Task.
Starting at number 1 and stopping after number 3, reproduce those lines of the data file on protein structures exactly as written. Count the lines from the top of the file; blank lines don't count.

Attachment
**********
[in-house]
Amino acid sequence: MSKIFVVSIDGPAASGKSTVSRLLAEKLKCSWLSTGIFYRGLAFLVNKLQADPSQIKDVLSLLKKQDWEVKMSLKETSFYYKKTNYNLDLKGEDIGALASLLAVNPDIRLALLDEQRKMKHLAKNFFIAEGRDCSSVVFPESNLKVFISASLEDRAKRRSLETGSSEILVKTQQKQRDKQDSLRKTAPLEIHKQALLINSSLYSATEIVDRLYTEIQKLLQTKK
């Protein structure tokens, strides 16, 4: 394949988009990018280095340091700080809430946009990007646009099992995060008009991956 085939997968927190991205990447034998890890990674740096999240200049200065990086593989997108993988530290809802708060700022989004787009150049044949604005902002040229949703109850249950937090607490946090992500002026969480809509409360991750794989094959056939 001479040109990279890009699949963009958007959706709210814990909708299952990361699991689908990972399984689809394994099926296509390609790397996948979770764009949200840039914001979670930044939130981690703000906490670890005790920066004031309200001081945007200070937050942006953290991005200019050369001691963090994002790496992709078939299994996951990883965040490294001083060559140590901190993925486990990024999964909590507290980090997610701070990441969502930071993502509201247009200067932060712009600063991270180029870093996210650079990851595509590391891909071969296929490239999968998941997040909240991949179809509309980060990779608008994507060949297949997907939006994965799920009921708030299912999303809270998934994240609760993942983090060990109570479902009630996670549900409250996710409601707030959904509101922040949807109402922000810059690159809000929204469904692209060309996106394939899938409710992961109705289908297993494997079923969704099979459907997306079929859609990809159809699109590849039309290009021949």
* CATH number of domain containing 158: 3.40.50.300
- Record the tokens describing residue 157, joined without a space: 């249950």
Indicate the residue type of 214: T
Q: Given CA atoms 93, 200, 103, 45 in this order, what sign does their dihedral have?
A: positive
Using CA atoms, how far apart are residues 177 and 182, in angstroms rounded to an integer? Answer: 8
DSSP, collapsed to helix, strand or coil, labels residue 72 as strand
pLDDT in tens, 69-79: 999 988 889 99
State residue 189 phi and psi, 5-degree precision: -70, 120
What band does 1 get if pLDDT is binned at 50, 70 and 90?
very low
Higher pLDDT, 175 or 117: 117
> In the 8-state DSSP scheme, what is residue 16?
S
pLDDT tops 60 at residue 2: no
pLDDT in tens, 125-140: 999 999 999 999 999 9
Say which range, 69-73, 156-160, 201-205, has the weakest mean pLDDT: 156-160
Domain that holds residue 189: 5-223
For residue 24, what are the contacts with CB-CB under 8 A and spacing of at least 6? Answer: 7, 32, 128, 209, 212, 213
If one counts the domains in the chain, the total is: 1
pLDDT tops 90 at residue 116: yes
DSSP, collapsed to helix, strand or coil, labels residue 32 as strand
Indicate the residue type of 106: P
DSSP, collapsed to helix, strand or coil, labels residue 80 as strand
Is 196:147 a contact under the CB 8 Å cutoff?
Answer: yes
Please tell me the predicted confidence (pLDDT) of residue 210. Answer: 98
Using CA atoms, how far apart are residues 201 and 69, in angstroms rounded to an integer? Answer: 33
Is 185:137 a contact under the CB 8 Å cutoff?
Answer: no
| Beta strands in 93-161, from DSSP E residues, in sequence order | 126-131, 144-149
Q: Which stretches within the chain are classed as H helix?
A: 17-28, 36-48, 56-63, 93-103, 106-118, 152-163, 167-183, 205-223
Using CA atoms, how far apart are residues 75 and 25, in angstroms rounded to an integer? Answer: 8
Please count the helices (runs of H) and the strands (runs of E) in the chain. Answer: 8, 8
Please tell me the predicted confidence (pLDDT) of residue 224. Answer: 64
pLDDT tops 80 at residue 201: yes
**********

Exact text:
[in-house]
Amino acid sequence: MSKIFVVSIDGPAASGKSTVSRLLAEKLKCSWLSTGIFYRGLAFLVNKLQADPSQIKDVLSLLKKQDWEVKMSLKETSFYYKKTNYNLDLKGEDIGALASLLAVNPDIRLALLDEQRKMKHLAKNFFIAEGRDCSSVVFPESNLKVFISASLEDRAKRRSLETGSSEILVKTQQKQRDKQDSLRKTAPLEIHKQALLINSSLYSATEIVDRLYTEIQKLLQTKK
């Protein structure tokens, strides 16, 4: 394949988009990018280095340091700080809430946009990007646009099992995060008009991956 085939997968927190991205990447034998890890990674740096999240200049200065990086593989997108993988530290809802708060700022989004787009150049044949604005902002040229949703109850249950937090607490946090992500002026969480809509409360991750794989094959056939 001479040109990279890009699949963009958007959706709210814990909708299952990361699991689908990972399984689809394994099926296509390609790397996948979770764009949200840039914001979670930044939130981690703000906490670890005790920066004031309200001081945007200070937050942006953290991005200019050369001691963090994002790496992709078939299994996951990883965040490294001083060559140590901190993925486990990024999964909590507290980090997610701070990441969502930071993502509201247009200067932060712009600063991270180029870093996210650079990851595509590391891909071969296929490239999968998941997040909240991949179809509309980060990779608008994507060949297949997907939006994965799920009921708030299912999303809270998934994240609760993942983090060990109570479902009630996670549900409250996710409601707030959904509101922040949807109402922000810059690159809000929204469904692209060309996106394939899938409710992961109705289908297993494997079923969704099979459907997306079929859609990809159809699109590849039309290009021949």